U.S. Department of Justice, Office Of Justice Programs, Innovation - Partnerships - Safer Neighborhoods
Office of Juvenile Justice and Delinquency Prevention (OJJDP), Serving Children, Families, and Communities
OJJDP Statistical Briefing Book logo jump over products navigation bar
OJJDP Statistical Briefing Book logoAbout SSBFrequently Asked QuestionsPublicationsData Analysis ToolsNational Data SetsOther ResourcesAsk a Question

Juvenile Population Characteristics
Juveniles as Victims
Juveniles as Offenders
Juvenile Justice System Structure & Process
Law Enforcement & Juvenile Crime
Juveniles in Court
Juveniles on Probation
Juveniles in Corrections
Juvenile Reentry & Aftercare
Special Topics
Data Snapshot
Statistical Briefing Book Home

OJJDP logo


Juvenile Arrests, 2017 (NCJ 252713) August 2019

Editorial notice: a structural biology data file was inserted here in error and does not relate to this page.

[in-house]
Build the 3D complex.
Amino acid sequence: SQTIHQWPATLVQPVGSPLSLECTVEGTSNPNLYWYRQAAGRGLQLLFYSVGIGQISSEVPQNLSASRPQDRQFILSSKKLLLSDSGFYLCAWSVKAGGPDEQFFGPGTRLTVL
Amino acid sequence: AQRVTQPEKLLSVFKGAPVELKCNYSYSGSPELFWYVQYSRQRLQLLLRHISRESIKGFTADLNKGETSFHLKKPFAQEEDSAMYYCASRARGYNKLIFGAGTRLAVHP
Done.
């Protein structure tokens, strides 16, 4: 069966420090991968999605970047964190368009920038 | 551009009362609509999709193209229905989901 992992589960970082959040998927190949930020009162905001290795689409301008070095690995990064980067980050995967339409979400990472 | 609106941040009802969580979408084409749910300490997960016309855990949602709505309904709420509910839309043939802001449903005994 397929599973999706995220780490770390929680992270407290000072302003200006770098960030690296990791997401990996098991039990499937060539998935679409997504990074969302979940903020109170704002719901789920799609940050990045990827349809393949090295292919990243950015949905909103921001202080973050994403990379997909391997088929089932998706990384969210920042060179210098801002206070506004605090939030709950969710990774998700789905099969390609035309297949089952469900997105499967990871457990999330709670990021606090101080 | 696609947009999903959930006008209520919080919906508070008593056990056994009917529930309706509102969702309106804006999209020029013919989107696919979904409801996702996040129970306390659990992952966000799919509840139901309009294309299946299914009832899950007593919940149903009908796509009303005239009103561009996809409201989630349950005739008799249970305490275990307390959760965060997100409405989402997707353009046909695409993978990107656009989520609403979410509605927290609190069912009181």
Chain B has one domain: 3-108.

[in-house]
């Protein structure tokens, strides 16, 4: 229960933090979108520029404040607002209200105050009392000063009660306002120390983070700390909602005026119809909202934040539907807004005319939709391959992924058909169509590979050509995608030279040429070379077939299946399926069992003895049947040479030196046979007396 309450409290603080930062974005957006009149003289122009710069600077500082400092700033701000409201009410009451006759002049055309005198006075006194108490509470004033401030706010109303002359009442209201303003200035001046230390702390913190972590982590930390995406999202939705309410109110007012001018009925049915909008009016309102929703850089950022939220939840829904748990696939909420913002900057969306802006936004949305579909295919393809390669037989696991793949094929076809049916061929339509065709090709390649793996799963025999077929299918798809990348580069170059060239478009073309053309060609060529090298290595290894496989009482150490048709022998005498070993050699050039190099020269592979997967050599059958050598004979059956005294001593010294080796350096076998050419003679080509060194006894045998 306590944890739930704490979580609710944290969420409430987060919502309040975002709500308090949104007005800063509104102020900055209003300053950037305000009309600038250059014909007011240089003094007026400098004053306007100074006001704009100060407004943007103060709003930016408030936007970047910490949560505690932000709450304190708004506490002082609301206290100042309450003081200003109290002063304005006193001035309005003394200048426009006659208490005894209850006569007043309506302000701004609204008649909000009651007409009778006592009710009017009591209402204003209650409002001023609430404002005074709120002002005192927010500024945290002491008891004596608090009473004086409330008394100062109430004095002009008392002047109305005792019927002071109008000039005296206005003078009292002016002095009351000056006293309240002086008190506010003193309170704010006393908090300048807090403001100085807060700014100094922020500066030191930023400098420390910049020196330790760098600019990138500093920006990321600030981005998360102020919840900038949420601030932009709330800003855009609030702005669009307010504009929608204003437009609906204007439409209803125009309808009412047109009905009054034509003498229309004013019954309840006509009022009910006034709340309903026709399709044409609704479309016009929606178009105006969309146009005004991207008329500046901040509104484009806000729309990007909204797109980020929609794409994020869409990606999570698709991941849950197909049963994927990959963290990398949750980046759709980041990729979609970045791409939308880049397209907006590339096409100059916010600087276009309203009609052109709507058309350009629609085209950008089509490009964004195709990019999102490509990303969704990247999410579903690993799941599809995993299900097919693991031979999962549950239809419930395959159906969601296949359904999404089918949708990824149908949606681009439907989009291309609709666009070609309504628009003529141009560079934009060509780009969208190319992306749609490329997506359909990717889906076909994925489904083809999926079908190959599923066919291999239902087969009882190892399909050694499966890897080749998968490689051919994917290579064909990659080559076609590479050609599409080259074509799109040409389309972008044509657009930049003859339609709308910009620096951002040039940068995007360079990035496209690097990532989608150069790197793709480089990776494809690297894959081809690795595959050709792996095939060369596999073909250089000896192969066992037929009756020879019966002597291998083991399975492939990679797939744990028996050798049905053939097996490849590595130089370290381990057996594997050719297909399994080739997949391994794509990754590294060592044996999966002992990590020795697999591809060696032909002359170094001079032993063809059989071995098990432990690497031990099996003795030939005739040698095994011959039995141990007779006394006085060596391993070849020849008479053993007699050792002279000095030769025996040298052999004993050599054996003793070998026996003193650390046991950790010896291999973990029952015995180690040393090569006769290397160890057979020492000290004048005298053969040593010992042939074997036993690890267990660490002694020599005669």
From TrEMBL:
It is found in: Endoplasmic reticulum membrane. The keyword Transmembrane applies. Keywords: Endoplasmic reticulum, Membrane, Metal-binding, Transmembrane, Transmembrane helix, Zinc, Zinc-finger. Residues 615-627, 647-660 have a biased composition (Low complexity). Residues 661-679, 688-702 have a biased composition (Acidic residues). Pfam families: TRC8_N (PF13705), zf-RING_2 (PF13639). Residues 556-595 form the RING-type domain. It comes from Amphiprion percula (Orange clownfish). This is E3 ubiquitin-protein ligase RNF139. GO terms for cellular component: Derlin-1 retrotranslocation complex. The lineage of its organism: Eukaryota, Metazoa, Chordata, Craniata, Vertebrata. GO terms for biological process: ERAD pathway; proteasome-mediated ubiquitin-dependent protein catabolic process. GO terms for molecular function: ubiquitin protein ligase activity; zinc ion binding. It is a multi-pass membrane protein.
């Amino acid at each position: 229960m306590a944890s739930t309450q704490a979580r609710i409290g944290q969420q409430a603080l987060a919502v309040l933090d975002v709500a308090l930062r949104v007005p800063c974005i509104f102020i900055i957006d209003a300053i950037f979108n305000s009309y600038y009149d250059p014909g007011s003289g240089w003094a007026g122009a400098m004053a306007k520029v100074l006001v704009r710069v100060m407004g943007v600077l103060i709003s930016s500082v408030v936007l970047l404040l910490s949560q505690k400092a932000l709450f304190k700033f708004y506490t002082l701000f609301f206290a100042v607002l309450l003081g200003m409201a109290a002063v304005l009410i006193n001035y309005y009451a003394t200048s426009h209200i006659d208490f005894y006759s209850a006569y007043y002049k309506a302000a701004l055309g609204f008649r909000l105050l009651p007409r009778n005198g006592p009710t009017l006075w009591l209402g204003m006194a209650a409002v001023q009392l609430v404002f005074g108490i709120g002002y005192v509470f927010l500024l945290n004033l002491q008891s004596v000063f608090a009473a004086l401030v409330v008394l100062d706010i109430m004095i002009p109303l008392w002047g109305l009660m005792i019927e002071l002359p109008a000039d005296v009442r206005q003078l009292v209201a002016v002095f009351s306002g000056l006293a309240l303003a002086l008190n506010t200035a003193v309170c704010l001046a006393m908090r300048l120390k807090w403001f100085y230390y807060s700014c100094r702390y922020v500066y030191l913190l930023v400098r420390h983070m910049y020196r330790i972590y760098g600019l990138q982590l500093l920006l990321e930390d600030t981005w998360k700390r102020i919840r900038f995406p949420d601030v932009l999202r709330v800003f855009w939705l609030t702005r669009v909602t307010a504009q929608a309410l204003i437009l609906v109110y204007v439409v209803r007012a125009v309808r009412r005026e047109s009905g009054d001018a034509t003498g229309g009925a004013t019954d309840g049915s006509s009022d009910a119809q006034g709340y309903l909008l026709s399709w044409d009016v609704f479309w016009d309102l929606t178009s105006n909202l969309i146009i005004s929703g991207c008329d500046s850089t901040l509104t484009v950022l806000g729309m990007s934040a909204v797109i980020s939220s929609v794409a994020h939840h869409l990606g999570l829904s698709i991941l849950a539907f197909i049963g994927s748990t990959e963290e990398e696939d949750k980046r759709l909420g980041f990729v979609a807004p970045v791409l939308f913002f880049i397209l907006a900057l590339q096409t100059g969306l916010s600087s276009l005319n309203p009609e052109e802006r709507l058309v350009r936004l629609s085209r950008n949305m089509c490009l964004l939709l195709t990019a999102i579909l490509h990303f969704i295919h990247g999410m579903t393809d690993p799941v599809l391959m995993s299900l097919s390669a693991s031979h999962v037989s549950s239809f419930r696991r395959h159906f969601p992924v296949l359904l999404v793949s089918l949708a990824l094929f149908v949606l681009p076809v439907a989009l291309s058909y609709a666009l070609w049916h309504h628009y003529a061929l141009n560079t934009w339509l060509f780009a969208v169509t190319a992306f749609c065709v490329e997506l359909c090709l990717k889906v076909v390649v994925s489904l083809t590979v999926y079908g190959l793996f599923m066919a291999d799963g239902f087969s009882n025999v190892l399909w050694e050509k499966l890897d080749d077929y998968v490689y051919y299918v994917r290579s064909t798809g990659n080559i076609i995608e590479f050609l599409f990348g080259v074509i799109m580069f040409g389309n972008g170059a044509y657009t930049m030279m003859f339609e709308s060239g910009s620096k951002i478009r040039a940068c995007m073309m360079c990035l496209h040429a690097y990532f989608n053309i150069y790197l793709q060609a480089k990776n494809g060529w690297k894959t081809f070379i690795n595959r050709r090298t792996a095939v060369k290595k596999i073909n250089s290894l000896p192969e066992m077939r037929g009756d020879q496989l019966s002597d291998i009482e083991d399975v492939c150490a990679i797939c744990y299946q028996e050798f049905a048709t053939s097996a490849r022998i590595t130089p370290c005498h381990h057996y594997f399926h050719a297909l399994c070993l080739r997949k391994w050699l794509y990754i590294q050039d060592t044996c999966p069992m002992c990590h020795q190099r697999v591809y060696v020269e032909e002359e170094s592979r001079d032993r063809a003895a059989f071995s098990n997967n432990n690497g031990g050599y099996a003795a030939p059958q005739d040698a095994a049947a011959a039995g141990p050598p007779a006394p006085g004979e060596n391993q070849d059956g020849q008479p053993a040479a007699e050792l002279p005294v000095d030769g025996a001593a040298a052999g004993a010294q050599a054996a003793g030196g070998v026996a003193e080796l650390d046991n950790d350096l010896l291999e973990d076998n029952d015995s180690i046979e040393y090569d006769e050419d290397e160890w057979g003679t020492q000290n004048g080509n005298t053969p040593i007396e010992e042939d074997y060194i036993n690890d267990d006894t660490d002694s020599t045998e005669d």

OJJDP National Report Series
16 page(s)
This bulletin documents the latest trends in arrests involving juveniles (youth younger than age 18) by drawing on arrest estimates developed by the Bureau of Justice Statistics and the National Center for Juvenile Justice based on analyses of data from the Federal Bureau of Investigation's Uniform Crime Reporting program. Arrests of juveniles peaked in 1996, at nearly 2.7 million, and have since declined—the number in 2017 was 70 percent below the 1996 peak. In comparison, arrests of adults fell 21 percent during the same period. The juvenile arrest rate for aggravated assault declined in the past 5 years, the robbery arrest rate stayed about the same, and the murder arrest rate increased annually since 2012. By 2017, juvenile arrest rates for larceny-theft, burglary, and arson were at their lowest levels since at least 1980, while rates for motor vehicle theft increased annually since 2013. Male and female juvenile arrest rates have declined in the past 10 years; however, the relative declines have been greater for males than for females across many offenses.